State v. ReedAnnotate this Case
284 So. 2d 574 (1973)
STATE of Louisiana v. Albert REED.
Supreme Court of Louisiana.
October 29, 1973.
*575 William H. Byrnes, III, Orleans Indigent Defender Program, New Orleans, for defendant-appellant.
William J. Guste, Jr., Atty. Gen., LeRoy A. Hartley, Asst. Atty. Gen., Jim Garrison, Dist. Atty., Louise Korns, Asst. Dist. Atty., for plaintiff-appellee.
Albert Reed was tried under a bill of information charging him with possession of a controlled dangerous substance with intent to distribute. R.S. 40:971. He was convicted of simple possession after a trial by jury and sentenced to five years at hard labor. Defendant appeals, relying on seven bills of exceptions.
Bills of Exceptions Nos. 1, 2, 3 and 4
These bills of exceptions are submitted without argument and should be deemed abandoned. State v. Edwards, 261 La. 1014, 261 So. 2d 649 (1972).
Bill of Exceptions No. 5
This bill was reserved to the introduction of two packages of heroin and an amount of money into evidence against the defendant. The bill of exceptions is grounded on an alleged illegal search and seizure of the objects. In brief defendant argues that the money had little probative value and was offered for the principal purpose of arousing prejudicial emotions.
At the hearing on the motion to suppress, defendant testified that he was sitting in his car when one Henry Sterling jumped into the automobile. Reed stated that Sterling, upon seeing the police approach, threw something to the floor of the vehicle. The police then arrested both men. Sterling, who subsequently died but was still alive at the time of the hearing, testified that he had thrown nothing, and that the police had found the narcotics on Reed's side of the automobile. When questioned by counsel for the defendant's ultimately severed co-defendant, Sterling, Albert Reed vigorously denied throwing anything outside the car.
Emmit Dupas, one of the arresting officers, stated that he was unable to discern whether anything hit the ground. Officer Siegal testified that while on routine patrol with his partner, Officer Dupas, he observed Reed exit a bar and run across the street to his automobile. When the defendant observed the approaching police vehicle, he allegedly threw two objects, one landing on the ground beside the car. The trial judge evidently believed Officer Siegal's version of the incident.
Abandoned property does not fall with the protection of the Fourth Amendment, and police have the right to retrieve it. State v. Bland, 260 La. 153, 255 So. 2d 723 (1971); State v. Winesberry, 256 La. 523, 237 So. 2d 364 (1970). Property is not considered abandoned when a person throws away incriminating articles due to the unlawful activities of police officers. State v. Lawson, 256 La. 471, 236 So. 2d 804 (1970); Davis, Federal Searches and Seizures, Section 1.511 (1964). The abandonment of the package of heroin does not appear to arise out of unlawful police activity. It was discarded when the defendant saw the patrol car approaching.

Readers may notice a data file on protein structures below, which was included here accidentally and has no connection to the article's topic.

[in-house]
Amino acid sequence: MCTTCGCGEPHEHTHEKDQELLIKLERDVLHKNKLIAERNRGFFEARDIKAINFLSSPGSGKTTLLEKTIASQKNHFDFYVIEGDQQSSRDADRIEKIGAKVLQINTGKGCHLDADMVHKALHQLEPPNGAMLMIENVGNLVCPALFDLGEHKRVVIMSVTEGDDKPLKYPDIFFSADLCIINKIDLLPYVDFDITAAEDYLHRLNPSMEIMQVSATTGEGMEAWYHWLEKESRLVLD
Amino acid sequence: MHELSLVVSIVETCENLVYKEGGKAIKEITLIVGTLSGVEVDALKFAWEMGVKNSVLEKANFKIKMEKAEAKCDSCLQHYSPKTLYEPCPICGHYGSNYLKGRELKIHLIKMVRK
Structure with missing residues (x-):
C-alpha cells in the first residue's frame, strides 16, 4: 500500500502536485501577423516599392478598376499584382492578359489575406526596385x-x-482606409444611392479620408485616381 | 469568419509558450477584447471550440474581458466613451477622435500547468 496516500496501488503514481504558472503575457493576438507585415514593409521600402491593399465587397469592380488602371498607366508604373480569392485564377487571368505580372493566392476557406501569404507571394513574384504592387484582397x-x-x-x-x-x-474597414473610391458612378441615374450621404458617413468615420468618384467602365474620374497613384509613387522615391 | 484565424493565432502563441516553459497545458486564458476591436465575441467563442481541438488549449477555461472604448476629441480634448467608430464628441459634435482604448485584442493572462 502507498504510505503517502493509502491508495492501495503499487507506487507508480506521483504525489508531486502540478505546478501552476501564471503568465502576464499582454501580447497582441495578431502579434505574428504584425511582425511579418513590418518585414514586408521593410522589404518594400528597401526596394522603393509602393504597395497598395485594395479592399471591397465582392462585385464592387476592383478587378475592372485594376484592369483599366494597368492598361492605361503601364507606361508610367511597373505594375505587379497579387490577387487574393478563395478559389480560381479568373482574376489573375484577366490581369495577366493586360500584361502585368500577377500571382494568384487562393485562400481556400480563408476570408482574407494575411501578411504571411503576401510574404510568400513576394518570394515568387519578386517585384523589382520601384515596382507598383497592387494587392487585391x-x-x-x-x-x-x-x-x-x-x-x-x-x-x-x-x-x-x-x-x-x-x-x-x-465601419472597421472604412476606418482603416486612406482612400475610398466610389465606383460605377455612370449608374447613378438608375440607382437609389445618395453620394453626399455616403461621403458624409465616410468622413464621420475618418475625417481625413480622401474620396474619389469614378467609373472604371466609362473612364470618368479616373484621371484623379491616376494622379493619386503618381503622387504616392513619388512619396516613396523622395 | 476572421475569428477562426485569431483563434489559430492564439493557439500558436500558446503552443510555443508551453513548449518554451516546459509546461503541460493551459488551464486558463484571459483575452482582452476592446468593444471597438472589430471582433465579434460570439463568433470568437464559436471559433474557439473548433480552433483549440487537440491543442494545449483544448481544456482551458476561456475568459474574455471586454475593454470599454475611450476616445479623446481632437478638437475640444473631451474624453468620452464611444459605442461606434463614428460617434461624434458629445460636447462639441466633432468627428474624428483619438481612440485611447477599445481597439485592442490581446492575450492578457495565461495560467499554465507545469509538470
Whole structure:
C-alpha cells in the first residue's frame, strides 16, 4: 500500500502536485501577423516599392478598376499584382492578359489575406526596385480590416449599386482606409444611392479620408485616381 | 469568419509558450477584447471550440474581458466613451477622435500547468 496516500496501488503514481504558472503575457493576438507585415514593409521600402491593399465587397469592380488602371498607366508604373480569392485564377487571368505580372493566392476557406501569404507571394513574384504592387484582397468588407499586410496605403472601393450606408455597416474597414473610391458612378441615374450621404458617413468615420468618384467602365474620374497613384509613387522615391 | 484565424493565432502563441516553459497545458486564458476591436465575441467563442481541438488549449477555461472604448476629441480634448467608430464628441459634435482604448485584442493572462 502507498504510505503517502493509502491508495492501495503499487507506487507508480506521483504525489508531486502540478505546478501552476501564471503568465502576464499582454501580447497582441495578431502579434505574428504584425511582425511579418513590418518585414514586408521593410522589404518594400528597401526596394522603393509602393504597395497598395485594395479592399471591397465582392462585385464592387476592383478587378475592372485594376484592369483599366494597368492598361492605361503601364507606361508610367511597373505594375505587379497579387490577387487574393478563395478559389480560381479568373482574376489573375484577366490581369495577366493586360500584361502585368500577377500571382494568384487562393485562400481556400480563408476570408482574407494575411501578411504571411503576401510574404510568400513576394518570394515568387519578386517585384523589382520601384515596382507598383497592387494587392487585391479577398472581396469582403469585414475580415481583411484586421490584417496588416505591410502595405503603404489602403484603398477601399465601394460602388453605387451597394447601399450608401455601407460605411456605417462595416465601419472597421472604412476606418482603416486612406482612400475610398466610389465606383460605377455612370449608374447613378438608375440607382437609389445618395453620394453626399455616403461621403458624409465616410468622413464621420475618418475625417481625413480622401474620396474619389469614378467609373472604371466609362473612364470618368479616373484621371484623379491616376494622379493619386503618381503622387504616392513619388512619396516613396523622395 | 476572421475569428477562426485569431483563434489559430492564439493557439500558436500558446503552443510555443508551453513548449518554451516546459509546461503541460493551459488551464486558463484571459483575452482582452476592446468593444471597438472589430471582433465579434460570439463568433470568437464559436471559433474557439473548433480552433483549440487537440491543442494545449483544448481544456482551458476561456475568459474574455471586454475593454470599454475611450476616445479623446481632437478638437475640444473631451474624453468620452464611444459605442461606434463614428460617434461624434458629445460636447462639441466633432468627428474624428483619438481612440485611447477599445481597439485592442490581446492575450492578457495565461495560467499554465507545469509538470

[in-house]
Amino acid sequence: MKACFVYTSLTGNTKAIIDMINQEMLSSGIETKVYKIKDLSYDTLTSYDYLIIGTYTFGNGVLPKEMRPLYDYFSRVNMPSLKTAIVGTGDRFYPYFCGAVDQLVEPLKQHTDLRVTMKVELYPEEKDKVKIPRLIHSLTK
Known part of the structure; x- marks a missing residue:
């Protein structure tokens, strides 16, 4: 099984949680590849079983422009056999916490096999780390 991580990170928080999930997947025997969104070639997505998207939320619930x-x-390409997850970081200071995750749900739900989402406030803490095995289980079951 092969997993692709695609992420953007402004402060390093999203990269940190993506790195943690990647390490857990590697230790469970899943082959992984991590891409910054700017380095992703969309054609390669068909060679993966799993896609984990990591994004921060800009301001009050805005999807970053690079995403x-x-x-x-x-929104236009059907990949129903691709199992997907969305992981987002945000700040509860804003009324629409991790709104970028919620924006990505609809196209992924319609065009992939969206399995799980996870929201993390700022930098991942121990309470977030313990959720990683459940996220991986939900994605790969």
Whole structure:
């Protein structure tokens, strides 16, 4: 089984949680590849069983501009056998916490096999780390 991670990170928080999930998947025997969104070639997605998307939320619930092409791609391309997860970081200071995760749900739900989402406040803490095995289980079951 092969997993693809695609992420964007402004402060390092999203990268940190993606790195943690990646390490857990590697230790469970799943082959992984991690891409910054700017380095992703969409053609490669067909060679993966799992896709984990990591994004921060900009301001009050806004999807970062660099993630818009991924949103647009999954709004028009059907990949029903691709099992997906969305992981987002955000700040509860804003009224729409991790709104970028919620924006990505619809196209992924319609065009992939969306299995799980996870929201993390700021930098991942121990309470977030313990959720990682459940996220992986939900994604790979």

Upon retrieving the package and determining that it appeared to contain a narcotic, the officers had probable cause to arrest the defendant. The seizure of the money and the other package of heroin was made incident to a valid arrest. State v. Wood, 262 La. 259, 263 So. 2d 28 (1972). Thus, the defendant may not complain of the seizure of the package lying on the street because he had abandoned it. State v. Winesberry, supra.
Defense counsel also urges that the money seized from the defendant should have been excluded because it has little relevance and was offered for the purpose of arousing prejudicial emotions, and because proper identification, connexity and patent materiality had not been established.
*576 We find that an adequate foundation for introduction of the evidence was laid. State v. Isaac, 261 La. 487, 260 So. 2d 302 (1972). Defense counsel is correct, however, in asserting that the money had little probative value under the offense charged. Nevertheless, the money, $118.00, did not constitute inflammatory evidence. We fail to see how the defendant was prejudiced. Thus, if admission of the evidence was error it is not grounds for reversal. C.Cr.P. 921.
Bill of Exceptions No. 6
This bill was reserved to the denial of a motion for mistrial grounded on an alleged comment by the district attorney regarding the defendant's failure to refute the State's charges. Defendant alleges these comments are mandatory grounds for mistrial under C.Cr.P. 770(3). The transcript does not contain the substance of the remarks, indicating that the remarks were inaudible to the reporter. Assuming that the defendant's allegations are correct, we do not find error.
To constitute reversible error a remark by the district attorney concerning the defendant's failure to testify must be direct, and the inference plain that such remark was intended to bring the jury's attention to the failure to testify. State v. Howard, 262 La. 270, 263 So. 2d 32 (1972). In the language of C.Cr.P. 770, a statement is prohibited when it "refers directly or indirectly to" the failure of the defendant to testify. Statements in argument to the effect that there is no refuting evidence do not constitute an impermissible reference to the failure of the defendant to testify. State v. Cryer, 262 La. 575, 263 So. 2d 895 (1972). This bill is without merit.
Bill of Exceptions No. 7
This bill pertains to the trial court's denial of a motion for new trial made by the defendant based on the reserved bills of exceptions. All the bills have been abandoned or found to be without merit. As such, this bill presents nothing for our review. State v. Rose, 271 So. 2d 863 (1973); State v. Crockett, 262 La. 197, 263 So. 2d 6 (1972); C.Cr.P. 851.
For the reasons assigned, the sentence and conviction are affirmed.